On the same night during double overtime of game 5, the Panthers lost Nick Bjugstad after he took a scary fall face-first into the offensive zone boards after a combination of his skate getting caught in a rut and a stick tap to his legs by Shane Prince. He left the game with blood streaming from above his left eye after laying on the ice for several minutes.
The 23-year old Minnesota-native was enjoying a solid post-season during which he was near the top of the league in shots while boasting 2 goals and 2 assists in 4 games. The Panthers had just gotten center Vincent Trocheck back from a fractured fibula – an injury which he said he wasn’t fully recovered from but was “good enough to go” – that night so it was tough to swallow at that point in the game.
“Right now, I’m totally fine,” said Bjugstad as he met with the media for the first time since the collision with the boards. “It was looking like I was probably gonna play [Tuesday night] if we had a Game 7, so I’m symptom-free thankfully.”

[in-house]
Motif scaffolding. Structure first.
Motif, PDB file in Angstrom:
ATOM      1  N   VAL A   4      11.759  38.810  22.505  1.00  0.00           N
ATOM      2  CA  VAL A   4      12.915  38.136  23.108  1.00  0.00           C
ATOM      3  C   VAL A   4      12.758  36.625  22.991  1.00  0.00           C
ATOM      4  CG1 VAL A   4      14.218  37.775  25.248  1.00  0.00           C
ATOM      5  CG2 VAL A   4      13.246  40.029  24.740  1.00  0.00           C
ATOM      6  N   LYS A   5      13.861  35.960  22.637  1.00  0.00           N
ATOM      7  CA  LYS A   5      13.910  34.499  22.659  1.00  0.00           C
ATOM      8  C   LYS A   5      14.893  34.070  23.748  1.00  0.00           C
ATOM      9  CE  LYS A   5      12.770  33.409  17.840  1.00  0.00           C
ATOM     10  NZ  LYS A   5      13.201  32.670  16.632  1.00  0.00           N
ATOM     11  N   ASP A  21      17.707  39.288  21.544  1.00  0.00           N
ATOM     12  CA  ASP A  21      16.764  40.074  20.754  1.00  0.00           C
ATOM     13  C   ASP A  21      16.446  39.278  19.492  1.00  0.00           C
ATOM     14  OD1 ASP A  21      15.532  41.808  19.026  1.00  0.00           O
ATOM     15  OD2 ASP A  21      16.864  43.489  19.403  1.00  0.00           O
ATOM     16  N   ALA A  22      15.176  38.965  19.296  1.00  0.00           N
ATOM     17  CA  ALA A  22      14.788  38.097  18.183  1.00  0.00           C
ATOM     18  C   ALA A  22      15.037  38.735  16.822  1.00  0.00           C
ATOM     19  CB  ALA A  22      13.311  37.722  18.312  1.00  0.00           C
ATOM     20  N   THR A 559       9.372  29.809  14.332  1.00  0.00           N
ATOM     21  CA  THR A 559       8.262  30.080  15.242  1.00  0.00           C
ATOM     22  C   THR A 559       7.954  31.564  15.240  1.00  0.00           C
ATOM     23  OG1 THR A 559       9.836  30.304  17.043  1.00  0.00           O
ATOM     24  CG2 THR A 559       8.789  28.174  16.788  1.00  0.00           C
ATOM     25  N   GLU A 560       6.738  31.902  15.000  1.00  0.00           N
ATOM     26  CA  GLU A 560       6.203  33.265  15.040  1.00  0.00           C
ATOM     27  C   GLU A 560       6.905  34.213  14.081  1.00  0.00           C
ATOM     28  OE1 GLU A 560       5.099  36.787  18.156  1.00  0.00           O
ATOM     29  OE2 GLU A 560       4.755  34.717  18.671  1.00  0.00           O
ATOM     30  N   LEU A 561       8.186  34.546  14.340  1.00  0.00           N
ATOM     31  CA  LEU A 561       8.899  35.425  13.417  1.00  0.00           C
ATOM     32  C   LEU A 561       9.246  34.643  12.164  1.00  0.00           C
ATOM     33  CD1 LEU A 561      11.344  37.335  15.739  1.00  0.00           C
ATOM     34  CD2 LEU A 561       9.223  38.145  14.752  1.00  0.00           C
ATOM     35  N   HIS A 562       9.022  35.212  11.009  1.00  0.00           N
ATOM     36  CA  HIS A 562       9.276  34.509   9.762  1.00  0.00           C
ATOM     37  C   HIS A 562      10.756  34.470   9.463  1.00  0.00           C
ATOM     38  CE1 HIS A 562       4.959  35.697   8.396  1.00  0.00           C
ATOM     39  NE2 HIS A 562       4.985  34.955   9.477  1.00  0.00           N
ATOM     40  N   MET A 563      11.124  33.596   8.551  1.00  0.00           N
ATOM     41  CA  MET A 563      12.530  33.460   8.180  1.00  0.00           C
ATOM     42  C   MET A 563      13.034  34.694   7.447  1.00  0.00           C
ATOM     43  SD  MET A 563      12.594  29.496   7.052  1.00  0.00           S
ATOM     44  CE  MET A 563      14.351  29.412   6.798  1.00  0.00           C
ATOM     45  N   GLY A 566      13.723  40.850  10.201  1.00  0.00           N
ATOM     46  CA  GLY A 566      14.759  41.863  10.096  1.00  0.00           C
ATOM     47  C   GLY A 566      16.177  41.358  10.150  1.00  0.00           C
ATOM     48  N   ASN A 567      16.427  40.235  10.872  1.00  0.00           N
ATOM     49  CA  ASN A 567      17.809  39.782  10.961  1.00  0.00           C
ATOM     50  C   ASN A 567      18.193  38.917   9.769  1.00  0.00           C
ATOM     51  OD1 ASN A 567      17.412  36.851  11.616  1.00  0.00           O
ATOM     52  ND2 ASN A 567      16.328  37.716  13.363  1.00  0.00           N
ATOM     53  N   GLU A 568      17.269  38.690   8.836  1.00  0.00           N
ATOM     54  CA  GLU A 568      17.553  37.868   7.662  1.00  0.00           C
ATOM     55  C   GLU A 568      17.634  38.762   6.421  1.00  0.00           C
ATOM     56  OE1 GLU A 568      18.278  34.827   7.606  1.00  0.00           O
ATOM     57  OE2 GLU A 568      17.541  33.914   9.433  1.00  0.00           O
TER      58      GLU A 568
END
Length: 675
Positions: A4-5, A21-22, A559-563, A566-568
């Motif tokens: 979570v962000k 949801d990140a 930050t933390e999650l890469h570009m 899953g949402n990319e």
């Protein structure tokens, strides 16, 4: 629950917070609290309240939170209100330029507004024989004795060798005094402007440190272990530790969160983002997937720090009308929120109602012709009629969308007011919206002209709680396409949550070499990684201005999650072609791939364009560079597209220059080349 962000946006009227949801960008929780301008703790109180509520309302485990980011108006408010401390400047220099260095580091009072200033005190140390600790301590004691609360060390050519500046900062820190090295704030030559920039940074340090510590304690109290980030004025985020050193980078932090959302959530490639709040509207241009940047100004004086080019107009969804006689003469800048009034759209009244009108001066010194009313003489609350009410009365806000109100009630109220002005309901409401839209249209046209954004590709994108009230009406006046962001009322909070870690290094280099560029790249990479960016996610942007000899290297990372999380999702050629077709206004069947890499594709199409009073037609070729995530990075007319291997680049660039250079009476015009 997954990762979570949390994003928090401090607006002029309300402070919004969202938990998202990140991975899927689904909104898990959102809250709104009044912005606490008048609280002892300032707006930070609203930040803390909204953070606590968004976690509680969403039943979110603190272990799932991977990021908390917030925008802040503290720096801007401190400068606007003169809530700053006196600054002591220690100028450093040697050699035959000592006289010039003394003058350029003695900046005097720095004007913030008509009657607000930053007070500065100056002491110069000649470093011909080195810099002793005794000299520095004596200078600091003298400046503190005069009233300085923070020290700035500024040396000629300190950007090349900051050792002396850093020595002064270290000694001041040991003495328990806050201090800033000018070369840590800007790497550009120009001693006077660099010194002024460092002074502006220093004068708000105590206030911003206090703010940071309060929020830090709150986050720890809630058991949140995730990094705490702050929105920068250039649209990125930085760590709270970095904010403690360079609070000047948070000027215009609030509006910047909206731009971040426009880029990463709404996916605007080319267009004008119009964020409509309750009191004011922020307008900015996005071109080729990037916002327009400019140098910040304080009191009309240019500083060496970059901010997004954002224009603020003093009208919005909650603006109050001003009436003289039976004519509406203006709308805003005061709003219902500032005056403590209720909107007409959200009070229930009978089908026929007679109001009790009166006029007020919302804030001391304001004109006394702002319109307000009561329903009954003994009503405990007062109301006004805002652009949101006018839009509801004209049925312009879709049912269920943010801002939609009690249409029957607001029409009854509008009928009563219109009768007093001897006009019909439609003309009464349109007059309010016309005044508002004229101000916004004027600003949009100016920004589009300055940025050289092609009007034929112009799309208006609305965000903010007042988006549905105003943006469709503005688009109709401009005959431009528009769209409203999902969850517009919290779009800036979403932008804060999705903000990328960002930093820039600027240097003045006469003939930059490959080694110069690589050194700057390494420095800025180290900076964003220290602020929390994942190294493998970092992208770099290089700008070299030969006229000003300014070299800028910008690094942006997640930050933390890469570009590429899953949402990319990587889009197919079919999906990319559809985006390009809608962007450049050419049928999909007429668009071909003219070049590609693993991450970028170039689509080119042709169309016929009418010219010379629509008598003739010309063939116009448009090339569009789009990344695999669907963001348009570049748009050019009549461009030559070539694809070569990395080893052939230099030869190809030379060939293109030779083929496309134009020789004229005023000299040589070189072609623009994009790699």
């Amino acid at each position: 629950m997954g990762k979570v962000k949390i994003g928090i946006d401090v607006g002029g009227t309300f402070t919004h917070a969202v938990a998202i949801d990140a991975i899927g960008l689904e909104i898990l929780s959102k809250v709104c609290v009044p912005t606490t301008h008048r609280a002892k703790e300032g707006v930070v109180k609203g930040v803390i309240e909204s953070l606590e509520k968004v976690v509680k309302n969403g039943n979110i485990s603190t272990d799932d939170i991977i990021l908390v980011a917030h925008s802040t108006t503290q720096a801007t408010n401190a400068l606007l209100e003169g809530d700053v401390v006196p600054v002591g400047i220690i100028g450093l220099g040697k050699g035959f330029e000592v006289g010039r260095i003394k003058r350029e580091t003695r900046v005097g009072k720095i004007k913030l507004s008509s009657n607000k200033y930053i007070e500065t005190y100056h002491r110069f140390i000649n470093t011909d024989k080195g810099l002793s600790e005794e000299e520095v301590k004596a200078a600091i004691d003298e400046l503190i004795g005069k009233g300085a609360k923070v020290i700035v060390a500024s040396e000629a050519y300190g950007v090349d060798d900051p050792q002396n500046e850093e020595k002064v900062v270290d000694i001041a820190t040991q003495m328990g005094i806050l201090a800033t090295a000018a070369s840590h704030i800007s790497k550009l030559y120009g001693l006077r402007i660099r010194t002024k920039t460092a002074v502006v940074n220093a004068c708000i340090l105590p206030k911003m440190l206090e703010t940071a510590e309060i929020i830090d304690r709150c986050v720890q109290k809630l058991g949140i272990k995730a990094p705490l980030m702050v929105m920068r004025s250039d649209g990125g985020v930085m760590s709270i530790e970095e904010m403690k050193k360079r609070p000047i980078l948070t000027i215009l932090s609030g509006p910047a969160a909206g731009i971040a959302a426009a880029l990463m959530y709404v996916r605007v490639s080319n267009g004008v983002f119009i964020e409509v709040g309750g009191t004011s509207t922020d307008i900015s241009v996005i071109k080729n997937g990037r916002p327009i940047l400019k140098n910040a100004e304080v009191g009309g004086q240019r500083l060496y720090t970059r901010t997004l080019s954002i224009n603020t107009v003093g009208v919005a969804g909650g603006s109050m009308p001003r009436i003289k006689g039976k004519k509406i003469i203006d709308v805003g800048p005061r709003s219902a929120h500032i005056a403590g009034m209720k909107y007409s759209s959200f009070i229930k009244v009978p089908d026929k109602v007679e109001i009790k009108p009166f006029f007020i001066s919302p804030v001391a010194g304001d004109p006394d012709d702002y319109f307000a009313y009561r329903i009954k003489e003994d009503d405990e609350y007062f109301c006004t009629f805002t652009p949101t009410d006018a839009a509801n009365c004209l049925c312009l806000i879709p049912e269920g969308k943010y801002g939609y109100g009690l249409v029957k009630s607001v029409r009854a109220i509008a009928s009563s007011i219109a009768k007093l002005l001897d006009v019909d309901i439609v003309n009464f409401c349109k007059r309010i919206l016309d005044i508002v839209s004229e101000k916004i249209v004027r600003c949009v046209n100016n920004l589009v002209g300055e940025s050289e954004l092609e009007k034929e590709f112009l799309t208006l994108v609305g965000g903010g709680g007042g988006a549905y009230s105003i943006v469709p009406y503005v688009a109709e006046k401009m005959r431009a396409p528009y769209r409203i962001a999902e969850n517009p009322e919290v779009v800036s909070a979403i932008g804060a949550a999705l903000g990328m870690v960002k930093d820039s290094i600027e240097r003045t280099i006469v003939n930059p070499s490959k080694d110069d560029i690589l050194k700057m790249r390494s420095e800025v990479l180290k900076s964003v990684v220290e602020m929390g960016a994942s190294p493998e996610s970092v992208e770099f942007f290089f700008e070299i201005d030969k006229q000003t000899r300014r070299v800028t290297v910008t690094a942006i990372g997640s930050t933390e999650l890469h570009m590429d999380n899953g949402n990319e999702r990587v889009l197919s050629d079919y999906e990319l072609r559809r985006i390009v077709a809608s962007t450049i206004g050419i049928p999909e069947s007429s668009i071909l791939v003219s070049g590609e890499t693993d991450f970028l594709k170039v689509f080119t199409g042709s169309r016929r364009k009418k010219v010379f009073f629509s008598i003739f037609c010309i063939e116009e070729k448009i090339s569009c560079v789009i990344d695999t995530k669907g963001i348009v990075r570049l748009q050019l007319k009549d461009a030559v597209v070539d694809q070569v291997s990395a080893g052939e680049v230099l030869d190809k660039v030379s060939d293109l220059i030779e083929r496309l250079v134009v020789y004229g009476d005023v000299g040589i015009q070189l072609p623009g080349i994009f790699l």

“I was with it, I didn’t get knocked out or anything. They were doing the protocol, probably laid there a little longer than I had to.”
The saying goes that “all’s well that ends well,” however despite the Panthers’ first-round series not ending in a victory and a trip to the second round against the cross-state rival Tampa Bay Lightning, the future remains incredibly bright for the up-and-coming team.
“We’re already thinking about next season,” said Bjugstad.
The odds are that for the most part, the core of the Panthers roster as it is right now will remain intact come October, and as we’ve seen over the past couple of seasons, having a team of players that are familiar with each other can breed winning.
I’ll look at the brightside,” said General Manager Dale Tallon. “We’ve got a great future here for the next 10, 12, 15 years, we’ve got great assets coming in the system and we’ve got great support from ownership. We’re headed in the right direction.”
From A Losing Culture To A Winning Culture
The Panthers have long been known for their losing ways but with with the advent of a new ownership group at the start of the 2013-14 season, the culture of losing season in and season out has seemingly disappeared.
“The mindset has always been ‘we need to make the playoffs, we need to make the playoffs, gotta give ourselves a chance,’” said Aaron Ekblad. “It’s been an expectation to make the playoffs, it hasn’t been a request.”